(AP) - Mississippi's defense was far from perfect in last Saturday's victory over Alabama, with blown assignments and fatigue leading to several big plays for the Crimson Tide.
The Rebels were saved by one thing: A knack for creating turnovers.
No. 3 Mississippi's opportunistic defense looks to take advantage of a Vanderbilt team still trying to get its offense in gear Saturday night.
Ole Miss (3-0, 1-0 SEC) has forced 10 turnovers this season - including five crucial ones in the 43-37 win over Alabama. Out of those 10 turnovers, seven are interceptions, including three by safety Trae Elston.
''We're going to fly to the ball, all 11, and that's what creates turnovers,'' Elston said. ''Our defensive line's improved and that makes the quarterback hurry up and throw.''
Ole Miss' ability to force the other team into mistakes isn't a recent phenomenon. The Rebels forced 32 turnovers last season, which ranked in the top 10 in the FBS.
Freeze has developed a coaching reputation as an innovative offensive mind, and he spends much of his time on that side of the ball. But he readily acknowledges his team's defensive improvement - specifically the ability to force turnovers - has been vital in pushing the Rebels into the nation's elite.
''Defense wins big games for you,'' Freeze said. ''You have to get some stops.''
Ole Miss coaches and players universally praise the team's defensive line as the catalyst behind the big plays. The anchor is the 6-foot-4, 296-pound Robert Nkemdiche, who had six tackles, including 2 1/2 for a loss, against the Crimson Tide.
''It was his best game since he's been here,'' Freeze said. ''Very few people could have played the amount of snaps that he did with the production he had. He's just kind of a freak of an athlete. He finished plays when he had the opportunity and he was disruptive.''
With the defensive line pressuring the quarterback, it's allowed the secondary to feast on interceptions. Junior Tony Bridges pulled down a crucial one in the fourth quarter when Alabama was trying to drive for a potentially game-winning touchdown.
Freeze also said defensive coordinator Dave Wommack does a good job of staying aggressive.
''I think we present a lot of different looks for the quarterbacks,'' Freeze said. ''That might be bad in some instances because we're out of position some, but it does create some turnovers. Our guys do a good job of disguising their stuff and there's a lot of different looks a quarterback has to process.''
The Rebels have been just as impressive on offense, averaging an FBS-best 64.0 points and ranking tied for ninth in yards at 567.3 per game.
Chad Kelly is second among FBS quarterbacks in passer rating (205.7), throwing for 898 yards with nine touchdowns and one interception.
Vanderbilt (1-2, 0-1) has been nowhere near as efficient with the ball.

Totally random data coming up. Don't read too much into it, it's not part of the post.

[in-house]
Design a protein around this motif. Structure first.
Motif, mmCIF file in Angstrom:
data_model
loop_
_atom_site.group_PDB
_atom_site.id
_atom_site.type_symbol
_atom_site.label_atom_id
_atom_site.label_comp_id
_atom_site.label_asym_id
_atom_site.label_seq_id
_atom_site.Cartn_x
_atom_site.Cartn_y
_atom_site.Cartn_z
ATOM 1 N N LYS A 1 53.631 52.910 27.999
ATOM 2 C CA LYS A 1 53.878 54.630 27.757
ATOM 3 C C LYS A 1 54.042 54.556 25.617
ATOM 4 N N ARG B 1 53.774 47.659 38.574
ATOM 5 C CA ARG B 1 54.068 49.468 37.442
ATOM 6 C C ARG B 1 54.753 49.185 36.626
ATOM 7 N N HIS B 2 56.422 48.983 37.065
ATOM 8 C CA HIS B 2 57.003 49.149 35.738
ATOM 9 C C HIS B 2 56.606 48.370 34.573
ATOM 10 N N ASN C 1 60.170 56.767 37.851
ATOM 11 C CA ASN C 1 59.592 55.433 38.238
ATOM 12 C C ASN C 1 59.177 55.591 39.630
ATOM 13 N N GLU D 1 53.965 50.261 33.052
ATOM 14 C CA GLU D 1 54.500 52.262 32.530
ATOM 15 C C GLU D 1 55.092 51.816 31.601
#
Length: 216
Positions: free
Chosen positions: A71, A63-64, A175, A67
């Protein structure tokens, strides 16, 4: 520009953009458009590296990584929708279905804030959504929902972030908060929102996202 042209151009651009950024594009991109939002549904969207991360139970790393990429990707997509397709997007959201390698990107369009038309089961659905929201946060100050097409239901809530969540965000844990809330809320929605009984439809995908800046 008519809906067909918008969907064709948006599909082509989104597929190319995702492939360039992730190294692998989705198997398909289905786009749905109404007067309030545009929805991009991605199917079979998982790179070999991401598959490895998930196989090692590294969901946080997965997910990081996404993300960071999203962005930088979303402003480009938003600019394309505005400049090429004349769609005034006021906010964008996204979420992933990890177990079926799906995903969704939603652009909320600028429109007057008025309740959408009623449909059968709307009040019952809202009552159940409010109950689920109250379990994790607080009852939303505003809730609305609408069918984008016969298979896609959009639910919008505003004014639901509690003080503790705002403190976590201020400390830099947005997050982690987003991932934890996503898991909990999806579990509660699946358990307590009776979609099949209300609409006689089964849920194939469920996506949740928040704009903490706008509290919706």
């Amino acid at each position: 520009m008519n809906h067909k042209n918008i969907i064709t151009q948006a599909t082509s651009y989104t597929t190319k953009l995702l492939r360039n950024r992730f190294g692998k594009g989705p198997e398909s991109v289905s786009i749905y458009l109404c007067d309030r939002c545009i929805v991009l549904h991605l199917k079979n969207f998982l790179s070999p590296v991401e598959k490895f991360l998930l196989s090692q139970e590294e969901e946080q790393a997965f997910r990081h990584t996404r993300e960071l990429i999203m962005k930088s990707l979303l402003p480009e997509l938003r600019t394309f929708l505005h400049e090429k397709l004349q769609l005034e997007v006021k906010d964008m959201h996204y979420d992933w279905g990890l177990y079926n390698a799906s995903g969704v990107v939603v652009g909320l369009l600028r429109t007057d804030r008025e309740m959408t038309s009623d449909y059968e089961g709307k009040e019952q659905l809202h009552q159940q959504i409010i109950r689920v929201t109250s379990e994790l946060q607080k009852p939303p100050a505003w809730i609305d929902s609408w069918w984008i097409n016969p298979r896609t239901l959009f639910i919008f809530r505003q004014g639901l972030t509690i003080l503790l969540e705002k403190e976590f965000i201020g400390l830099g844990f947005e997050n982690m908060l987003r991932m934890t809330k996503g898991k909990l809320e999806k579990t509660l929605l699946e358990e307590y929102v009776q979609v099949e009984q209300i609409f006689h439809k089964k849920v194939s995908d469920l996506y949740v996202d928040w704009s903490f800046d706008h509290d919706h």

The Commodores have yet to score a point in the first quarter and only nine points in the second quarter combined. They are coming off a 47-7 rout of Austin Peay of the FCS, and coach Derek Mason called that a confidence builder.
''We needed to have some success, we had some success,'' Mason said. ''Now what we get a chance to do is go on the road and play against one of the best teams in the country in a place where there's probably going to be tough for us to have instant success.''
The Rebels, who won 41-3 at Vanderbilt last season, have won 10 straight home games against unranked opponents since a 27-26 loss to the Commodores in 2012.
Vanderbilt will have to find a way to score points, and the earlier the better. Mason noted Ole Miss has outscored opponents 58-0 in the first quarter of the Rebels' first three games.
Senior center Spencer Pulley said the Commodores know the little things they can do to help themselves start a bit faster.
''It is really about the players going out there with the right mentality and just executing the offense from the first play,'' Pulley said.
Johnny McCrary, who was intercepted five times in losses to Western Kentucky and Georgia, had his best game last week. He threw for 368 yards and his 84.8 completion percentage set a single-game school record.
The Commodores will be without sophomore tight end DeAndre Woods for the rest of the season with a torn ACL. Woods ranks fourth on the roster with seven catches for 129 yards. Mason said tight end Steven Scheu will be back, and the senior will have to pick up the slack with Nathan Marcus and Sean Dowling.
Freeze said he can see that Vanderbilt's offense is different under new coordinator Andy Ludwig, whom Mason hired after a stint at Wisconsin.
''With all the shifts and motions, you can be a bit gap unsound,'' Freeze said. ''So they present an issue. It is a little different. Some similarities, but some differences also. Passing game is definitely different.''